EMDR, which is short for eye movement desensitization and reprocessing, is one of the premier therapies used to treat trauma. In short, EMDR therapy helps individuals reprocess traumatic events in a safe, secure manner so that they can recover from the impacts they have experienced. It is a therapy that is most often conducted in a private setting between a therapist and a client. The therapist may utilize sounds, lights, or tapping to conduct EMDR, as the goal is to have something the eye can focus on while trying to recall trauma or related issues. For example, a therapist may ask the client to follow their finger as they work to bring to life the details of a traumatic event. When the therapist’s finger stops, they speak with the individual to discuss where their thoughts took them and pull at those threads to begin the healing process.
What Does EMDR Treat?
EMDR has traditionally been used to address the effects of trauma on individuals. There is no doubt that EMDR is beneficial for those who have unresolved trauma, however this type of therapy has also proven to help treat symptoms related to other mental health conditions.
For example, consider posttraumatic stress disorder, or PTSD. It is a common misconception that PTSD is its own type of mental health condition, however it is an anxiety disorder. When people refer to “anxiety”, it is often a generalized view of what it feels like to be anxious, which is someone everyone can relate to. However, there are several different kinds of anxiety disorders, including PTSD. Others include the following:
- Generalized anxiety disorder
- Obsessive-compulsive disorder (OCD)
- Panic disorder
- Social phobia
When utilized appropriately, EMDR can treat symptoms associated with all types of anxiety disorders, not just PTSD. That is because EMDR is effective in:
- Reducing quick, irrational behaviors
- Addressing issues that continue to cause fear or uncertainty
- Replacing negative thoughts and beliefs with positive ones
- Desensitizing a person to the thing or things that trigger their anxiety
It is important to note that EMDR is also showing promise in treating depression, which is one of the most common mental health conditions in the United States. For these conditions, EMDR is extremely beneficial.
Benefits of EMDR Therapy
EMDR therapy can improve the lives of those who utilize it in their therapy. The greatest benefit of all is that EMDR therapy helps to improve the lives of people who were once being negatively affected by their mental state. When a person is mentally healthy, all other areas of their lives can benefit, too. Things such as exercising, relaxing, engaging in activities, and feeling comfortable in their environment allow people to start thriving again, rather than being suppressed by the effects of their trauma and/or mental illness. EMDR can clear the mental wreckage that has prevented individuals from growing and being happy. Additional benefits of EMDR therapy can include, but are not limited to, the following:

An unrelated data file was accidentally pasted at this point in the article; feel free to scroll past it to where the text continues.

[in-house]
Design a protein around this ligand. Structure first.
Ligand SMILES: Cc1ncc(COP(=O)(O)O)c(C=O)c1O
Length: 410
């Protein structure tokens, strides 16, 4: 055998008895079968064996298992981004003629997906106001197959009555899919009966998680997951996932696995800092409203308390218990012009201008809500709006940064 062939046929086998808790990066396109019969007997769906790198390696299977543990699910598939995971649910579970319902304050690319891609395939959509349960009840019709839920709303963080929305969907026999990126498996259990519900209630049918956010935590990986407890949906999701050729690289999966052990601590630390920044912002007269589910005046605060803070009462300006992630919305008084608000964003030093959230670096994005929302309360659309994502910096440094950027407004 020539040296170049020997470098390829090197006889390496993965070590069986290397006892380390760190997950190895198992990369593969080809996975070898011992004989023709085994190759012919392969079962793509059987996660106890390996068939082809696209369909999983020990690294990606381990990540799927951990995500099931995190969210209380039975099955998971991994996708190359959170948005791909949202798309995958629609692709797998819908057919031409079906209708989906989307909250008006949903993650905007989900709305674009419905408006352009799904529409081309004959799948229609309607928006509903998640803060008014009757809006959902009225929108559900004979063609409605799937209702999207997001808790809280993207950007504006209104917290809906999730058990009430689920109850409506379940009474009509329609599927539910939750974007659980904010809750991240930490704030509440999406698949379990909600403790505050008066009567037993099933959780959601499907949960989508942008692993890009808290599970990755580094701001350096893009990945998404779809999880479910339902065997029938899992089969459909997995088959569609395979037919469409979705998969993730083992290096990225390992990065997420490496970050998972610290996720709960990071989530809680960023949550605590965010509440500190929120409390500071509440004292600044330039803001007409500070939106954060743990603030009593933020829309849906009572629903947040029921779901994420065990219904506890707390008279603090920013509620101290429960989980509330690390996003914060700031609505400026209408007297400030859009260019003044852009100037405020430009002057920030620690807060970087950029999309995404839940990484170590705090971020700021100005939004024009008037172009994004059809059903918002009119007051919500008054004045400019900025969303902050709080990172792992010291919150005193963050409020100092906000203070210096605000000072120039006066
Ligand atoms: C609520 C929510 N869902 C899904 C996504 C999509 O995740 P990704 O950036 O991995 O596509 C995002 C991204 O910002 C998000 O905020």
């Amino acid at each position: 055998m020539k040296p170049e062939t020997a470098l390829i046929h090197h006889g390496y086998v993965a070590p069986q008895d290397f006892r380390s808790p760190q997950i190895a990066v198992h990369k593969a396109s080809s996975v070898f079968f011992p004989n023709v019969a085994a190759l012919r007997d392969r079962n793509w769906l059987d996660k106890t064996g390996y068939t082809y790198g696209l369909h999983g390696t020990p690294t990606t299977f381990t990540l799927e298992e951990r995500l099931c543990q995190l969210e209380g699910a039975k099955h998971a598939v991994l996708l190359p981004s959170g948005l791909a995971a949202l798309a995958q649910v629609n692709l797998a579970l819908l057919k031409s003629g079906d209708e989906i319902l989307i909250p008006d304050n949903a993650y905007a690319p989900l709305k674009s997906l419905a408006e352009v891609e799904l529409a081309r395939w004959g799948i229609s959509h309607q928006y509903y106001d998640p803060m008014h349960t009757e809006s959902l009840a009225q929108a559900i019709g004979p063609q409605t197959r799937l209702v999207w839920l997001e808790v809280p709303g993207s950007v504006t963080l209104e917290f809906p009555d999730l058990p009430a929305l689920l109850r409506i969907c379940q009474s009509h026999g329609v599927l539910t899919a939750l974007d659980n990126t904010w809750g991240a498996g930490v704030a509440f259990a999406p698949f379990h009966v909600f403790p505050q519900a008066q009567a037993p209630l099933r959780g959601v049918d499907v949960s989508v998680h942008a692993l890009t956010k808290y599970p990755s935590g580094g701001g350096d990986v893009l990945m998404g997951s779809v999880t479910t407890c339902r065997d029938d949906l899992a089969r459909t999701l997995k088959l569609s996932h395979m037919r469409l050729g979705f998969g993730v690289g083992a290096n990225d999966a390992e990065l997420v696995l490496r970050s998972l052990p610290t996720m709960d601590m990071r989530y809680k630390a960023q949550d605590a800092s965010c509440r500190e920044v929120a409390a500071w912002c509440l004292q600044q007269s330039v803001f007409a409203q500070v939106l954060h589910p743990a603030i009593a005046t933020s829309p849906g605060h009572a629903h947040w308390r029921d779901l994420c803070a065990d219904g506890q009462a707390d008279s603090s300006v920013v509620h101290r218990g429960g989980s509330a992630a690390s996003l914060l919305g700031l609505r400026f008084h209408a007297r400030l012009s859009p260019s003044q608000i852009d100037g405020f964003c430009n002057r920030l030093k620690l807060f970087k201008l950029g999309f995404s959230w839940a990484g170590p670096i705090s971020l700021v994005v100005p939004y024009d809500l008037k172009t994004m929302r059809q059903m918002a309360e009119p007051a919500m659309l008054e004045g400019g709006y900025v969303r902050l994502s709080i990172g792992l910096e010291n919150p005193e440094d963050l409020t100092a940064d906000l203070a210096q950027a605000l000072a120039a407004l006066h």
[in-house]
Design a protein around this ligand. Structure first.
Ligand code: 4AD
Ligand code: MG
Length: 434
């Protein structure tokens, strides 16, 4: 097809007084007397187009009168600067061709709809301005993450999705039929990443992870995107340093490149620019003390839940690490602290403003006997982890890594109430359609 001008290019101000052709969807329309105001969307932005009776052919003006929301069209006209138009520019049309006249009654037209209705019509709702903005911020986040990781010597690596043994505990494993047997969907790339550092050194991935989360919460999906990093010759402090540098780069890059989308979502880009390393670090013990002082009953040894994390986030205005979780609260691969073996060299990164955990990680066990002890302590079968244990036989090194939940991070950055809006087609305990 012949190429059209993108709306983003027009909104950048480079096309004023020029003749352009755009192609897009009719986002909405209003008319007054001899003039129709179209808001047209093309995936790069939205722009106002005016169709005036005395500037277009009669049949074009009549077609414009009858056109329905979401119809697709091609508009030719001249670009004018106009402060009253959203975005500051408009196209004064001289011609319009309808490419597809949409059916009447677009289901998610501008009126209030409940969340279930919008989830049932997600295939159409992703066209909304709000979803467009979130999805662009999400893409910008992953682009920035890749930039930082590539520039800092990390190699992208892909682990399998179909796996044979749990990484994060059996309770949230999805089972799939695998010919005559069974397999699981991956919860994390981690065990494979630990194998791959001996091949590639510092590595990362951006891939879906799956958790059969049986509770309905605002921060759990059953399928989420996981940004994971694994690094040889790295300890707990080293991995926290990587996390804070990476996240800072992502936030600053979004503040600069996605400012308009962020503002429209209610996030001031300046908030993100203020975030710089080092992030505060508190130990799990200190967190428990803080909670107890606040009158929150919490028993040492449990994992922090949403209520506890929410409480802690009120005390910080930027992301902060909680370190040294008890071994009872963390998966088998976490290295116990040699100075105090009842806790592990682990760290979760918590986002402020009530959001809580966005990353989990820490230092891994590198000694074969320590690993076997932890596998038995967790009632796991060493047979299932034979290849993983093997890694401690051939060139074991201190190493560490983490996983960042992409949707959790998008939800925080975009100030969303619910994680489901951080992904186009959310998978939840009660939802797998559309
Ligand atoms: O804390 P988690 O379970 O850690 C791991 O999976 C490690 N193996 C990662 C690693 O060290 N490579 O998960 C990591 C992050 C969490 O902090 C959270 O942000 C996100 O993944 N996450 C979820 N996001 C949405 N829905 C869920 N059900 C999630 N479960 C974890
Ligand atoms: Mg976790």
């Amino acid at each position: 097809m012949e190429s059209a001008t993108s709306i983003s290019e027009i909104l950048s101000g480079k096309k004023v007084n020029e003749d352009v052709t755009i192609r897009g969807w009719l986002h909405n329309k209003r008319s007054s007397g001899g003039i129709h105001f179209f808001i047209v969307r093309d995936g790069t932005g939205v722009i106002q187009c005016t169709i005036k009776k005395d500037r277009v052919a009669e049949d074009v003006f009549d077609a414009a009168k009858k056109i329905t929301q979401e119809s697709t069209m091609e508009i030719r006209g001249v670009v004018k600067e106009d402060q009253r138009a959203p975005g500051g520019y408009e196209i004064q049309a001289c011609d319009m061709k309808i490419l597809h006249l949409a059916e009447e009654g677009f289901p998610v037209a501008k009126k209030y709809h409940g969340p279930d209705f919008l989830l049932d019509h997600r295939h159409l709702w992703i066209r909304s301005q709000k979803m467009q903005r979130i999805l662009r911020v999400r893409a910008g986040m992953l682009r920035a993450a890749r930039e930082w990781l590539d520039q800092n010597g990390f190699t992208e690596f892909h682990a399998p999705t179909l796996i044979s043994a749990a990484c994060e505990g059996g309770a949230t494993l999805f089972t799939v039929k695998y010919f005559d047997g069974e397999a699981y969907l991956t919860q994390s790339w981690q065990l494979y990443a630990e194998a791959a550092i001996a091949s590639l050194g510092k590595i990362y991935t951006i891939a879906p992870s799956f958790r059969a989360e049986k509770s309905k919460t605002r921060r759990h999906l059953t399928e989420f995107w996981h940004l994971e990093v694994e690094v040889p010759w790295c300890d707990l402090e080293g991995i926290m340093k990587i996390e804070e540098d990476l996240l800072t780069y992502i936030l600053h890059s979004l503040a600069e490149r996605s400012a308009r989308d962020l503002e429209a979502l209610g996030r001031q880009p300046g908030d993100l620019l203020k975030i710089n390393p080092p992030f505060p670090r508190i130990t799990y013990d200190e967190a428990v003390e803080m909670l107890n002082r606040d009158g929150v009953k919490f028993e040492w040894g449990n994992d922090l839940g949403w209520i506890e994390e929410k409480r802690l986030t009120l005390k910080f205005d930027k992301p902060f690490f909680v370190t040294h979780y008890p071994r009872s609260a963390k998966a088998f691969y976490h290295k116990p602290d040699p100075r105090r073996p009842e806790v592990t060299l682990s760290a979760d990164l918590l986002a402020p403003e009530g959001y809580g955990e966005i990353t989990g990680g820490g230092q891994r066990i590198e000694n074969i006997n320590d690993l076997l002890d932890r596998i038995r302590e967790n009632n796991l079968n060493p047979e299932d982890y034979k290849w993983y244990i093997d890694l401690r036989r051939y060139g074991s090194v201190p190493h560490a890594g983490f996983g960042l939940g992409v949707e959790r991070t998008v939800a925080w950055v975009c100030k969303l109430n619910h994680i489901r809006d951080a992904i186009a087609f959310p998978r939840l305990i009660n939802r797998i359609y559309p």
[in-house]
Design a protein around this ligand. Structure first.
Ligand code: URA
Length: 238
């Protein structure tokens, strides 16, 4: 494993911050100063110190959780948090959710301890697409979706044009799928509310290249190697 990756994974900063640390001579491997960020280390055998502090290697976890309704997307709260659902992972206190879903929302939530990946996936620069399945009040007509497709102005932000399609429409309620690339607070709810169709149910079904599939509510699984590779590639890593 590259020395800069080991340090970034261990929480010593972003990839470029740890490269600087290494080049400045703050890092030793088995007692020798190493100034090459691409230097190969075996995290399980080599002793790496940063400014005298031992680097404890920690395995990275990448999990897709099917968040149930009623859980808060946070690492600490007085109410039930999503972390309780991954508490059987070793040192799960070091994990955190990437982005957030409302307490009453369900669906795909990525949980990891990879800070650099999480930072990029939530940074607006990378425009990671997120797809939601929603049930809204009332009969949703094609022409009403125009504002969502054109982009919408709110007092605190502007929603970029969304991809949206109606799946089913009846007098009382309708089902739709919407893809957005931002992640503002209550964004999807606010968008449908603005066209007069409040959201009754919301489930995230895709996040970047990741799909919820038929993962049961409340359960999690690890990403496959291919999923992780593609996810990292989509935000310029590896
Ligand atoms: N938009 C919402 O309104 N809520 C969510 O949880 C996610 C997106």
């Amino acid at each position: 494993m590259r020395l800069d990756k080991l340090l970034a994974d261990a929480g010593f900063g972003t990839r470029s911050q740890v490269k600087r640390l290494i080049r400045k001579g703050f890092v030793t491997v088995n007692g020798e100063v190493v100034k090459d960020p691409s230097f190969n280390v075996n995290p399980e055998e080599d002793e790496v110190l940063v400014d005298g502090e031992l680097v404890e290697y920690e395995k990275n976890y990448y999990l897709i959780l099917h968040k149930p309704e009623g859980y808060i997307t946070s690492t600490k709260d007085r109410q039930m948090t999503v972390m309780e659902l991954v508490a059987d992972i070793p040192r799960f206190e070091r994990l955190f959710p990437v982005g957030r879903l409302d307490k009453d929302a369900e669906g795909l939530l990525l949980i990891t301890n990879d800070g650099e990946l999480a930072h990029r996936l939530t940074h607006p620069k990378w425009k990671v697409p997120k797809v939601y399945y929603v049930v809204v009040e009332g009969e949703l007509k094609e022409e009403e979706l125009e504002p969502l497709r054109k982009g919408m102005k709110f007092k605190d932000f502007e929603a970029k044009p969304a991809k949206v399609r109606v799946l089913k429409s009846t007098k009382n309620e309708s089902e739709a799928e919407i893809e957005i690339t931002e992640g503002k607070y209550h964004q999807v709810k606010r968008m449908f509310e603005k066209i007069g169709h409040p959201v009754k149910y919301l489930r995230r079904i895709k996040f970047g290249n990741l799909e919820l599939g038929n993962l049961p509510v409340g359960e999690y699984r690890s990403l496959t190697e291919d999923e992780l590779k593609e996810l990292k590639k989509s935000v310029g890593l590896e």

It is more common than not that people who have gone through trauma and/or have a mental illness tend to keep their experiences close to the chest. This is especially true for those who grapple with trauma, as reliving the event or events that traumatized them can be frightening. EMDR encourages individuals to communicate their experiences step-by-step with a therapist. It challenges individuals to verbalize their physical responses, thoughts, and memories. When these things can be communicated, it opens up opportunities for true healing.
Everyone can understand what it is like to be anxious about something. For those who struggle with anxiety surrounding their PTSD, their OCD, or any other mental illness, it can be easy to get caught up in anxious thinking and behaving. Anxiety can make the most non-threatening things seem deadly, which is why EMDR is so helpful in reducing anxiety. EMDR does this by helping identify and label specific things that are triggering anxiety, allowing patients to talk through them, become desensitized to them, and learn how to cope going forward.
Restructures traumatic events
EMDR is the top treatment for people with PTSD or who have gone through something traumatic. That is because it gets both sides of the brain talking again, allowing for improved cognition. As traumatic events are broken down with a therapist during EMDR sessions, individuals are able to take an aerial view of the incident or incidents and reshape what occurred. This gives individuals control over the after-effects of the situation, which can help reduce all symptoms related to PTSD.